An old calendar can be helpful in custody actions because many details regarding the child's life will need to be presented in court. This will include things like their health history, important events, and school activities. When litigation begins, it is easy to experience brain fog. Instead of people racking their brain trying to remember all of the details, all they will need to do is look at that old calendar.

How international custody disputes are handled

Globalization as well as the opportunity to work and study in other countries and have led to more "international" marriages. If two people from different countries separate after having children, custody issues could be quite complex. Individuals in Arizona may wonder how situations are handled when international custody disputes materialize.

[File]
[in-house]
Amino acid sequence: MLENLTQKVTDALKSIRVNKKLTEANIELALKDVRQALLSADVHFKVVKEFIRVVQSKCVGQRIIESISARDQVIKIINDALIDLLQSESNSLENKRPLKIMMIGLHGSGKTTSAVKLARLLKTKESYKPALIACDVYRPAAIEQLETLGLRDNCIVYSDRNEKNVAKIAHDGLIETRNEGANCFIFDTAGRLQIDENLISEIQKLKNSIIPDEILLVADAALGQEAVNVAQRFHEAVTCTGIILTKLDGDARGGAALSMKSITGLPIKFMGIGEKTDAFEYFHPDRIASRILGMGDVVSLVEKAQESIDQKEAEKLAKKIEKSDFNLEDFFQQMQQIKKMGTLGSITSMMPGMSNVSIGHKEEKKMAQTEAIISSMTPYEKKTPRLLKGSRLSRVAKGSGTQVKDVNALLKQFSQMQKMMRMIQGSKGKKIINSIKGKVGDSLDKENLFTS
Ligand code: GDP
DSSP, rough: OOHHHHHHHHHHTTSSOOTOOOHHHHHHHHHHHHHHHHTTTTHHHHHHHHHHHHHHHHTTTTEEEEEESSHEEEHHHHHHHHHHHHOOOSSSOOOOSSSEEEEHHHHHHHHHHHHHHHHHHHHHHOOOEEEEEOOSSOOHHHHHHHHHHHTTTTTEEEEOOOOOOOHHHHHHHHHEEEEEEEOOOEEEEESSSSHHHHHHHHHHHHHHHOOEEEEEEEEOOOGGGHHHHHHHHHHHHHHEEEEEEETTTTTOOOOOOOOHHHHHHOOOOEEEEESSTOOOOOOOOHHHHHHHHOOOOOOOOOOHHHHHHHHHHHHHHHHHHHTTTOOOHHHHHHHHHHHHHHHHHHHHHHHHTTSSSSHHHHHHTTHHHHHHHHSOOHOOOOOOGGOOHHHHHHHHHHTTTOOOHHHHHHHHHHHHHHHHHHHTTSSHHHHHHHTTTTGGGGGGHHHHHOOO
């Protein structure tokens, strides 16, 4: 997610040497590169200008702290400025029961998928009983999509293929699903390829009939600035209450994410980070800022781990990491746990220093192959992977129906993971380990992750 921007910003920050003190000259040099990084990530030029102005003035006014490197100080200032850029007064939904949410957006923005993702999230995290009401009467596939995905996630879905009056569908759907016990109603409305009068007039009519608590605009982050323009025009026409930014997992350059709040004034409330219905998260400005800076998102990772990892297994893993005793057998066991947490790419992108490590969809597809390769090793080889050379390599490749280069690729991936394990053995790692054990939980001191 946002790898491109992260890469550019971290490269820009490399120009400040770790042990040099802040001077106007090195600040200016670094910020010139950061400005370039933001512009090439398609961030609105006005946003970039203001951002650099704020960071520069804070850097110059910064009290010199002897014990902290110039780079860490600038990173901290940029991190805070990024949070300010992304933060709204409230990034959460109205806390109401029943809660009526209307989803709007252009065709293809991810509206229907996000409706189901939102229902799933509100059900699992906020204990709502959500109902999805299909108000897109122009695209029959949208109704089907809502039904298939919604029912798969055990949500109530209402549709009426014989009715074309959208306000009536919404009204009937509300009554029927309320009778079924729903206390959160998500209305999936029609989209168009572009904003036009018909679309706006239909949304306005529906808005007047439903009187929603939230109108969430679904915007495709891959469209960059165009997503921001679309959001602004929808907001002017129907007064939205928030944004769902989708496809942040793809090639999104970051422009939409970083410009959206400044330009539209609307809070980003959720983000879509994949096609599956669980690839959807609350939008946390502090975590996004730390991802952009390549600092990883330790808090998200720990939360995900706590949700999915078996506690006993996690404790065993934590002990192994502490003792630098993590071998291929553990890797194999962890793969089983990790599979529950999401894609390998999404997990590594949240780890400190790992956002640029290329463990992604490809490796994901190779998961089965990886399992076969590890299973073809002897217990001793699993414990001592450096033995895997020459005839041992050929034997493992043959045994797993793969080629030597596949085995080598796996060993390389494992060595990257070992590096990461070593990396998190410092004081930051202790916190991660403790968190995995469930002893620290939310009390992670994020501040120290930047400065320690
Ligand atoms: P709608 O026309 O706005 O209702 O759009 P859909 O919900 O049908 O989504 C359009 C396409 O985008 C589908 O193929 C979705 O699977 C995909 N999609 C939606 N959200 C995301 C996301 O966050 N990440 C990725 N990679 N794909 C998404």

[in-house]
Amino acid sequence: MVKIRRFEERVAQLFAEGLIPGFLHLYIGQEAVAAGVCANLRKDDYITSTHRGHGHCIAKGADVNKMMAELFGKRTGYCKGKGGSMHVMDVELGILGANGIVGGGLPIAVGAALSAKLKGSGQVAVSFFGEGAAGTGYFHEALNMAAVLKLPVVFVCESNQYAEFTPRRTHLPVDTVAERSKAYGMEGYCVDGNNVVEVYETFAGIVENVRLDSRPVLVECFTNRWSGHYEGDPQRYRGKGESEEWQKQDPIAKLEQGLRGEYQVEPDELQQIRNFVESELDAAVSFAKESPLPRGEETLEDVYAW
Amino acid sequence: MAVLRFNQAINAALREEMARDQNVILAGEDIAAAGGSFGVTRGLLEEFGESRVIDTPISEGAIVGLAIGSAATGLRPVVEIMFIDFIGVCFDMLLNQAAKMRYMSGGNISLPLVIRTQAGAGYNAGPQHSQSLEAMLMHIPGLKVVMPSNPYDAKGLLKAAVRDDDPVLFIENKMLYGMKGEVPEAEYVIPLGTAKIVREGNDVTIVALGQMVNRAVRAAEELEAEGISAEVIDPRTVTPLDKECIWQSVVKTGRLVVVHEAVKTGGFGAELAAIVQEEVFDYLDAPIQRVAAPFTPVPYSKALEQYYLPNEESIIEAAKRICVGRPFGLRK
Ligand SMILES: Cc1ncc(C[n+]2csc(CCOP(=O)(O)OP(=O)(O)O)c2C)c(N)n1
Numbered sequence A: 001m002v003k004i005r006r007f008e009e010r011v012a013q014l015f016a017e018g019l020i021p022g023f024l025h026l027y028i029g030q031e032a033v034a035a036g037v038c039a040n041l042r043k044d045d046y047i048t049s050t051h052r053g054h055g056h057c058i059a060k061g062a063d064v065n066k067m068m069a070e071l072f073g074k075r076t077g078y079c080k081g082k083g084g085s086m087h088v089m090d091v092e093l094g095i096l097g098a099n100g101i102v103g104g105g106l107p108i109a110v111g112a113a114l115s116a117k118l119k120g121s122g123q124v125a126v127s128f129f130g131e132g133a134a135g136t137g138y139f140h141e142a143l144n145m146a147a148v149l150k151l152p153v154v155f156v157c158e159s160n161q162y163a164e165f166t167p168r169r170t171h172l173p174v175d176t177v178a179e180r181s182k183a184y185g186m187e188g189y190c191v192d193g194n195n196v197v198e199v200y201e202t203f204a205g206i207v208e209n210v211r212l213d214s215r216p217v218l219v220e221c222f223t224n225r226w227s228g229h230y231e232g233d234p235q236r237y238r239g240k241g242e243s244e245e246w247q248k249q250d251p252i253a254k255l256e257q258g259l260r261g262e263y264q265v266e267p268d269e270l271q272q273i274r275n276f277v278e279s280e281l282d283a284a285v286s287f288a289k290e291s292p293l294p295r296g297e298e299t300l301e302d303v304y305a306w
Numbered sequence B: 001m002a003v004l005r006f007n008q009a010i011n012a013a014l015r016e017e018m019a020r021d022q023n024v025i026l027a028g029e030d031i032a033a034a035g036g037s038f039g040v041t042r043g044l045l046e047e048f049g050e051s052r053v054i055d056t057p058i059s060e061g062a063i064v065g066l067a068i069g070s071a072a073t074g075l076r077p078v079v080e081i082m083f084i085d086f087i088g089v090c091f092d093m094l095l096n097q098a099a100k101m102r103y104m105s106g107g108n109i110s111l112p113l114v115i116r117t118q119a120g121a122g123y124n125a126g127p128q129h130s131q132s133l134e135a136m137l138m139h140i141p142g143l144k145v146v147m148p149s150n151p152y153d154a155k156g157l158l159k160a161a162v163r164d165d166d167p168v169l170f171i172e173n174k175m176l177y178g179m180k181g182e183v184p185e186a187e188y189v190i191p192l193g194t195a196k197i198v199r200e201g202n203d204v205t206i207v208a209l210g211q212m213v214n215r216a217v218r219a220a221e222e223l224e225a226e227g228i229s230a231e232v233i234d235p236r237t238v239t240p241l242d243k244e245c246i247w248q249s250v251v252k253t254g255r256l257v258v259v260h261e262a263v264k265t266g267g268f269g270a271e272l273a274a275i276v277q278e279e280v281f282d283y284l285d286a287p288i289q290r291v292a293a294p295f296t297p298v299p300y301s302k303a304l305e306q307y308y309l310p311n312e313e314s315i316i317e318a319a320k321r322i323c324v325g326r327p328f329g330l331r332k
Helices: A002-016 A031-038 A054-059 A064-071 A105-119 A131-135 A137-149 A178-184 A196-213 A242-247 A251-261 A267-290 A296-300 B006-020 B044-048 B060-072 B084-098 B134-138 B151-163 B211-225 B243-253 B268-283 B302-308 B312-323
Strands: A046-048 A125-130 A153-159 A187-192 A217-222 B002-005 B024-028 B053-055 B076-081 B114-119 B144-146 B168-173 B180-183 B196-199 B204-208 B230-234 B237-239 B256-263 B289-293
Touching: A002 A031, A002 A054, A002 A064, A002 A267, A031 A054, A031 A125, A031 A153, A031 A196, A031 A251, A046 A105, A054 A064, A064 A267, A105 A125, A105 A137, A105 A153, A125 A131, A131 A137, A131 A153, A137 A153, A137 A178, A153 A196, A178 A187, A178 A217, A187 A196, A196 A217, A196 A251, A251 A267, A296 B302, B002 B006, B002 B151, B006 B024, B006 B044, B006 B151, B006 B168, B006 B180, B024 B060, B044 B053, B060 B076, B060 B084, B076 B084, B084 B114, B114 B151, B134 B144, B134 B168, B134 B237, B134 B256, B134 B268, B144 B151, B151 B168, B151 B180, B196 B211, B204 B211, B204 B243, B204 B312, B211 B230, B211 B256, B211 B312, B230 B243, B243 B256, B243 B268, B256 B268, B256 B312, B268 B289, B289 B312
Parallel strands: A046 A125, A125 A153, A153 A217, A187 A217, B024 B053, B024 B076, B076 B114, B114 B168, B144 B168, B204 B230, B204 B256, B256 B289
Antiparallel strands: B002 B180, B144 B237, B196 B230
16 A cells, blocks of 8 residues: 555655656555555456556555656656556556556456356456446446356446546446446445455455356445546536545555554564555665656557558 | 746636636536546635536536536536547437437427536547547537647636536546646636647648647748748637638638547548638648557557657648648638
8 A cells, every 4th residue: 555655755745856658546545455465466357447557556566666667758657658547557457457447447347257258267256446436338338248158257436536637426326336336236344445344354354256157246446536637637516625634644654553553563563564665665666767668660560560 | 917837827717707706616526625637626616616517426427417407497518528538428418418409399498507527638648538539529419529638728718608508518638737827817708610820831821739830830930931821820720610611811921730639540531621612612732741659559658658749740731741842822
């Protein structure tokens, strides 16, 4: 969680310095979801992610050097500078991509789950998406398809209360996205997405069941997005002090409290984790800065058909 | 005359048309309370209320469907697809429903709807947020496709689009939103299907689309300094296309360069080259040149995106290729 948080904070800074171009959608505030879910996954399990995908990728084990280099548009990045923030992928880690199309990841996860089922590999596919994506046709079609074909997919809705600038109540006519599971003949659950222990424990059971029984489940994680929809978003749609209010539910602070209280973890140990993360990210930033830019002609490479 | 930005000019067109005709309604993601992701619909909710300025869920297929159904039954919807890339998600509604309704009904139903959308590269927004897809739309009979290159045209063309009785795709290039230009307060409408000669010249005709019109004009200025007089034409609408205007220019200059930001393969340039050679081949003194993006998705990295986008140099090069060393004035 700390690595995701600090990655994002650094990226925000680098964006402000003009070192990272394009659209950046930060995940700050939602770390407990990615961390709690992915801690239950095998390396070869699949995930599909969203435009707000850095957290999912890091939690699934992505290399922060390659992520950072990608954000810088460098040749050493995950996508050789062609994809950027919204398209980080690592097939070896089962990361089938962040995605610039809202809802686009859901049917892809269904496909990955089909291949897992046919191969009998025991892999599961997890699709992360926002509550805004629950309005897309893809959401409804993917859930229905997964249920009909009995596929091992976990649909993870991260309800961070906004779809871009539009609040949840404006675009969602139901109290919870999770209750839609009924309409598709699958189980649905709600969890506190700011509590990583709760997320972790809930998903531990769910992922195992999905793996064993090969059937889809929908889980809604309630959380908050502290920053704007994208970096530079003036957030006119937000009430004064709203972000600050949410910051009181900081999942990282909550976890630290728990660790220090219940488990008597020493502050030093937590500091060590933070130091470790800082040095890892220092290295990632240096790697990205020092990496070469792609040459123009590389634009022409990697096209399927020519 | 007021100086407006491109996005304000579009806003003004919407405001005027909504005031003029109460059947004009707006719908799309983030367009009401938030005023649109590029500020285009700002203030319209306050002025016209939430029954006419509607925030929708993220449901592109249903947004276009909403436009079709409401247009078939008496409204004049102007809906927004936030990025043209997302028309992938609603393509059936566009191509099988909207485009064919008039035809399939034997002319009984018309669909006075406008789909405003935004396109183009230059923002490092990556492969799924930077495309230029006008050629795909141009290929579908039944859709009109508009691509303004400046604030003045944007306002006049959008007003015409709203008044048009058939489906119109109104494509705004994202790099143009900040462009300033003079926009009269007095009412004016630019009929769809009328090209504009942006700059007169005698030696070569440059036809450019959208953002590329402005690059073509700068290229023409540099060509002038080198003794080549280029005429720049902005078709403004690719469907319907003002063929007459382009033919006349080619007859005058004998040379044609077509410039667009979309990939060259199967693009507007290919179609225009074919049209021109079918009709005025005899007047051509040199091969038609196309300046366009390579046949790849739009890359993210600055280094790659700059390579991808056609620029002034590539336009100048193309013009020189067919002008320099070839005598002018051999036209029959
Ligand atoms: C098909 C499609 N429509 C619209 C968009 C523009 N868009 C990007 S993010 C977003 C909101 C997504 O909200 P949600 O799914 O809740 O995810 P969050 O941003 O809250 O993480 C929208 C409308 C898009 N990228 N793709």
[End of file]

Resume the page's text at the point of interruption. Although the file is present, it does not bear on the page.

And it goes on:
Following a separation, one parent may take their child to another country without permission. These types of international abductions are often done in an attempt to remove the other parent from the child's life. However, the de facto noncustodial parent in such situations may have recourse available.

How child support payments are determined

Parents in Arizona and throughout the country are generally required to provide for a minor child's financial needs. In some cases, this obligation continues until a child graduates from college. Child support amounts are calculated based on a number of factors such as a parent's income, how custody is allocated and state guidelines. Typically, judges can use any factor that may be deemed relevant in a case to ensure that a child support order protects a child's best interest.

Almost any source of income that a parent receives during the year can be considered when crafting a child support order. For instance, a judge could take into account wage income, money won at a casino or regular distributions from a trust or employer pension plan. Any government benefits or gifts that a parent receives could also be considered when determining an individual's ongoing child support obligation.